18 December 2013 (ACDSleeve)
Anonymity has become a recurring theme in music. Different levels of it exist throughout all genres, from never seeing Daft Punk’s faces to some artists who literally never appear in public, give no name, and provide no background as to who they are. The mask is the favored form of obscuring the lines between the artist and a musical persona. It provides a visual way for the artist to represent him or herself while also keeping their personality separate from the performance. A few notable mask wearers of recent times, apart from Daft Punk, are MF Doom, SBTRKT, and even Flying Lotus in his come out show as Captain Murphy.
A mask does not make or break an artist, but it normally allows for a more artful interpretation of the music apart from the creators of it. That is what Ceiling Demons achieve with their, well, demon masks. The creative designs look like they could have been based off of Diá de los Muertos or aboriginal masks, but a certain level of individuality still lingers with Ceiling Demons. A mask is the free ticket to judge on first appearance, and luckily for the Ceiling Demons it paid off. The black and white faces embody the music they create.
The identical twin brothers, Psy Ceiling and Dan Demon flow over Beat Demon’s production weaving tales of elevated thinking and being “higher than the ceiling.” Hailing from Yorkshire, the largest county in the United Kingdom, there is no hope in deciphering which twin rhymes when. Their voices are a thick layer of monotone swathed in a Yorkshire accent. Regardless, they still attain more feeling than a majority of the rappers out there. Harsh emotion protrudes through, especially on “The Mirror’s Image.” The vicious song of heartbreak and losing trust sees the MCs emotional to the point of breakdown. That is a rare occurrence in hip-hop, and the Ceiling Demons should be commended for it. Their message is not necessarily unique but it is far from the negative messages of rap that have become the norm. Their topics range from being the person you want to be to self-hate. There are no filler songs without meaning; each one has a specific meaning or message.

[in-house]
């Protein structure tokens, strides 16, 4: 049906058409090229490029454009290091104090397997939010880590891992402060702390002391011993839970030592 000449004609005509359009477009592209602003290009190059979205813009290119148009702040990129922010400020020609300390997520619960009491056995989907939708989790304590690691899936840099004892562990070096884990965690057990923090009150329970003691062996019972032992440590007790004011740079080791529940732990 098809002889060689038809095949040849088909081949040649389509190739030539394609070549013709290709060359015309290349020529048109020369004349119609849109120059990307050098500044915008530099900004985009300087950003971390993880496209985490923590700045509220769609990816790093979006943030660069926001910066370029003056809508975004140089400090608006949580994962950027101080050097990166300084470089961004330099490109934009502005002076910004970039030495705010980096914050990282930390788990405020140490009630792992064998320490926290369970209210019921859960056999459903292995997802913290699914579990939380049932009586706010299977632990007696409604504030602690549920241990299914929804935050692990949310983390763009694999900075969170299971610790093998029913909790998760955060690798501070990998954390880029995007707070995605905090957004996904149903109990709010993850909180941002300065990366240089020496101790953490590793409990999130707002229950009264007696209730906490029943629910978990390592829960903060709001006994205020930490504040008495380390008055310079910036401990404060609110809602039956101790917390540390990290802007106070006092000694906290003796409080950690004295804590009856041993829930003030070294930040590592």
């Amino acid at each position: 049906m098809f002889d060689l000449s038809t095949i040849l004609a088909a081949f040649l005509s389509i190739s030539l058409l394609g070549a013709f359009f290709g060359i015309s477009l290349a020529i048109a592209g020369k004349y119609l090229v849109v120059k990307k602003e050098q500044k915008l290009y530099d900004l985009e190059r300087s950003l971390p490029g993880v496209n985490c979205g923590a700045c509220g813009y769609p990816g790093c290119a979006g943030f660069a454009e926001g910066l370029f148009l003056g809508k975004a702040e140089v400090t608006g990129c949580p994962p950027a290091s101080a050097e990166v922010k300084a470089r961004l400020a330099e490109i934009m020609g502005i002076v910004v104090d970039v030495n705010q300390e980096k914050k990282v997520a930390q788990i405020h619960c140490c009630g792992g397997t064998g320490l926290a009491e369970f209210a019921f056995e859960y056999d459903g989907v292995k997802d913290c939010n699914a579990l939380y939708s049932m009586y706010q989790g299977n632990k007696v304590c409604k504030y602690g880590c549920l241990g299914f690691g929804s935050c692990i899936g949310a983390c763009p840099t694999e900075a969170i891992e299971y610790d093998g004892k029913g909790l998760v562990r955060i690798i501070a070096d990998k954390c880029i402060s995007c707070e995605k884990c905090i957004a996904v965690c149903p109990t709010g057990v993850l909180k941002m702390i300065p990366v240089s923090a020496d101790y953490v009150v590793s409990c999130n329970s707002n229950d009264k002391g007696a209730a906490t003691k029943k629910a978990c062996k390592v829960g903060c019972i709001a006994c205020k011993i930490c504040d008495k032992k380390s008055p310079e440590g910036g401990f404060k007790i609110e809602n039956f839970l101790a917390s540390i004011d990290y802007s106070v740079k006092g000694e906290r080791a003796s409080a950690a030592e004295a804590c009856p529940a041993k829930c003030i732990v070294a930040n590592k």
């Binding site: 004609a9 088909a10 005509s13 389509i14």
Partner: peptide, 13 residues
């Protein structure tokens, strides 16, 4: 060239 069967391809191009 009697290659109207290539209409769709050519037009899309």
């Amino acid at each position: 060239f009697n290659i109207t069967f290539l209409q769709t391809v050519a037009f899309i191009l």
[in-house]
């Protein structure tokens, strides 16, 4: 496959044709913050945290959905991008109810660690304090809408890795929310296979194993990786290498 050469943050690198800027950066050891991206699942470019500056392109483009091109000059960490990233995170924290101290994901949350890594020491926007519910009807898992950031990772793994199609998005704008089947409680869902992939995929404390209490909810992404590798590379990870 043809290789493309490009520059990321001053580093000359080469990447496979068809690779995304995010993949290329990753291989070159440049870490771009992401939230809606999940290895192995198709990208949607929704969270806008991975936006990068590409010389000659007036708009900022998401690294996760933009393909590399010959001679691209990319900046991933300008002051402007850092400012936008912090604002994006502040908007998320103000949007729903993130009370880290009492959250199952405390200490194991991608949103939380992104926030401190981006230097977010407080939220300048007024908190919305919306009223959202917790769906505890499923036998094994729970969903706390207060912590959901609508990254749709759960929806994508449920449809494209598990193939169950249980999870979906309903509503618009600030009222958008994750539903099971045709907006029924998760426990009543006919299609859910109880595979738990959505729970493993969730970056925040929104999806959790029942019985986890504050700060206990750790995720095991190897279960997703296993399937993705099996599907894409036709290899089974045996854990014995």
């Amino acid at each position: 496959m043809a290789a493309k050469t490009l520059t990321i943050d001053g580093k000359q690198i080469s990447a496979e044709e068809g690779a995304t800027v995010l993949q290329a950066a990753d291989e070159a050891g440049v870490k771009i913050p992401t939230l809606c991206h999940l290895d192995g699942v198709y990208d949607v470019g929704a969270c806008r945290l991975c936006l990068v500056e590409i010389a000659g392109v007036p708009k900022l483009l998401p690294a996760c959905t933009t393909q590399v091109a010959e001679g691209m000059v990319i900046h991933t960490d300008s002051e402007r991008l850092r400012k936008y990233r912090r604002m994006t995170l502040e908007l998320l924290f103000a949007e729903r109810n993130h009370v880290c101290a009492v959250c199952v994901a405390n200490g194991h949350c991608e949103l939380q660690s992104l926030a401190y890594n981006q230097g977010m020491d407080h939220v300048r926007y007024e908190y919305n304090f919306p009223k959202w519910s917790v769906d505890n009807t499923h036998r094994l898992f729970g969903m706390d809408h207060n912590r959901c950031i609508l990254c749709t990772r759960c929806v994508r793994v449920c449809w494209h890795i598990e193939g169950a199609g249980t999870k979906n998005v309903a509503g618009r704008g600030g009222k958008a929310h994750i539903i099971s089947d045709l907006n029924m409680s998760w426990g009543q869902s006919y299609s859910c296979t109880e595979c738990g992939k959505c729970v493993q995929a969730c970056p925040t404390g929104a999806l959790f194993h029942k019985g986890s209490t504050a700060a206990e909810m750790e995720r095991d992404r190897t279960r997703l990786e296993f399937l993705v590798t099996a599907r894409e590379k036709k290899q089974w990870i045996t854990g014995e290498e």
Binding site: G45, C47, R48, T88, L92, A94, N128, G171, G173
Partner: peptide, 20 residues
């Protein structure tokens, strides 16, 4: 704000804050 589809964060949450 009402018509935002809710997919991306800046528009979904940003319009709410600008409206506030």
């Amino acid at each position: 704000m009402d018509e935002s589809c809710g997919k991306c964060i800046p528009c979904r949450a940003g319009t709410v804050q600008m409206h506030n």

The production is a huge part of Dual Sides. Beat Demon seeks inspiration from classics like Nujabes and DJ Shadow, but ends up using a much wider range of sounds. At some points the production feels alternative more than anything. The catchy single “Every Step Is Moving UP” features a prominent pop like sample with a hip-hop backing drum track. This song is the perfect example of Beat Demon’s hands touching the production. It does not feel like he is trying to sound like anyone else here, his own voice has already started to shine through. The diversity goes on and on. “Weight Of The World” is an exceptional instrumental interlude with a piano and synth setting up the mood for the crushing closer “Heartstrings.” The final song uses orchestral samples that do achieve just what the title says, to pull at your heartstrings.
Ceiling Demons have developed their own voice, that much is apparent. But can they really be considered one of the pioneer voices in hip-hop? Having performed alongside Young Fathers, it is a possibility, but one that will solidify with more time. Dual Sides is an impressive début but Ceiling Demons still have the feeling of a brash new group. If anyone has the potential to soar it is these three young men.
Rating: Liked It